Is it legal for a private student loan lender to charge me more than 8% of my disposable income on payments?

UPDATED: Oct 23, 2010

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Is it legal for a private student loan lender to charge me more than 8% of my disposable income on payments?

I showed my student loan statements to someone who worked in the finance industry, they said i was being charged 124% of my disposable income for payments which seemed legally questionable.

Asked on October 23, 2010 under General Practice, Texas


MD, Member, California Bar / FreeAdvice Contributing Attorney

Answered 12 years ago | Contributor

First of all, student loans are loans acquired to obtain a degree.  It is a contract into which you enter theoretically prior to entering any type of employment.  Student loan rates are not contingent on your income though if you do have a low income, you may qualify for some sort of forbearance of your loan for a few months or a graduated rate of payment for a number of months or years.  Oftentimes banking department agencies or offices of the attorney general or department of education in your state can and do have jurisdiction to review your student loan education related complaints.  Consider doing some research on your terms and if you qualify to obtain a lower payment and consider exploring your options in filing a complaint if your state as usury laws with respect to loan rates (rates charged and considered a consume credit item).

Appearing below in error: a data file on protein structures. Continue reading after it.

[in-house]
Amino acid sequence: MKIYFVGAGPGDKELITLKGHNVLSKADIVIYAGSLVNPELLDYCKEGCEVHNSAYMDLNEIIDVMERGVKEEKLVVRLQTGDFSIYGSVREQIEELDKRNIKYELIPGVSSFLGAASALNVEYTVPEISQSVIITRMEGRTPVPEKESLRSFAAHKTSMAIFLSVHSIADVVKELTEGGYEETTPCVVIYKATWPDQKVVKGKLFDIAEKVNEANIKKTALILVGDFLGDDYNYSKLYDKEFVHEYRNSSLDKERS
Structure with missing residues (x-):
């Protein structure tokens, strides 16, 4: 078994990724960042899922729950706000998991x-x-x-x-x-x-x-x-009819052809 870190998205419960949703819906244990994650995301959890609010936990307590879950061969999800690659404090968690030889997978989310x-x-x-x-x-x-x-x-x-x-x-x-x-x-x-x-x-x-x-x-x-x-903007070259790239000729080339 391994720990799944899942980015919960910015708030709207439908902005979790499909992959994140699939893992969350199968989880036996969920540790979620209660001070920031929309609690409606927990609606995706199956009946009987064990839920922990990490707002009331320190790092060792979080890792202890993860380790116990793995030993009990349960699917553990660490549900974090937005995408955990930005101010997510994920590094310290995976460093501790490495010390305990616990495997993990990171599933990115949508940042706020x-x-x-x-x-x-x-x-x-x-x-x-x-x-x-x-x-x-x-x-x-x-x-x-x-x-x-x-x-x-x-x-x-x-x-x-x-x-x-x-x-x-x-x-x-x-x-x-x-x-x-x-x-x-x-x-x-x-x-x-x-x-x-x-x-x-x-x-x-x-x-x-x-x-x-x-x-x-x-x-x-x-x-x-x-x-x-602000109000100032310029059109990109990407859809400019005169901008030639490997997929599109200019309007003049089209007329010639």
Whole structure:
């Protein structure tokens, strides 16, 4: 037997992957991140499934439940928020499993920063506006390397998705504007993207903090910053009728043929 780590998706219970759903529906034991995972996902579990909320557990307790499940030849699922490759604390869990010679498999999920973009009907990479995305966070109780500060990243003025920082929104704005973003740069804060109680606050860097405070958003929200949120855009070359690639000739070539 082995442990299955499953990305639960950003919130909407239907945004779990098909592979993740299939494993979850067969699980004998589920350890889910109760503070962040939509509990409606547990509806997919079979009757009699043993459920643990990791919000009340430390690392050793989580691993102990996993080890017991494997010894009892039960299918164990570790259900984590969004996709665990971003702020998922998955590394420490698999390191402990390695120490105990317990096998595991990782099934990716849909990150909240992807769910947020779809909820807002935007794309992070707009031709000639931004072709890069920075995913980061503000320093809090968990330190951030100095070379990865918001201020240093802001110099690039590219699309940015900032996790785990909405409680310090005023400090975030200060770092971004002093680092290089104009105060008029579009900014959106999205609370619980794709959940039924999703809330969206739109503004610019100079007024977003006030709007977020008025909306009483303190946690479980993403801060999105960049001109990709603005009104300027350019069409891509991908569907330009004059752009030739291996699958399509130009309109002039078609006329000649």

IMPORTANT NOTICE: The Answer(s) provided above are for general information only. The attorney providing the answer was not serving as the attorney for the person submitting the question or in any attorney-client relationship with such person. Laws may vary from state to state, and sometimes change. Tiny variations in the facts, or a fact not set forth in a question, often can change a legal outcome or an attorney's conclusion. Although has verified the attorney was admitted to practice law in at least one jurisdiction, he or she may not be authorized to practice law in the jurisdiction referred to in the question, nor is he or she necessarily experienced in the area of the law involved. Unlike the information in the Answer(s) above, upon which you should NOT rely, for personal advice you can rely upon we suggest you retain an attorney to represent you.

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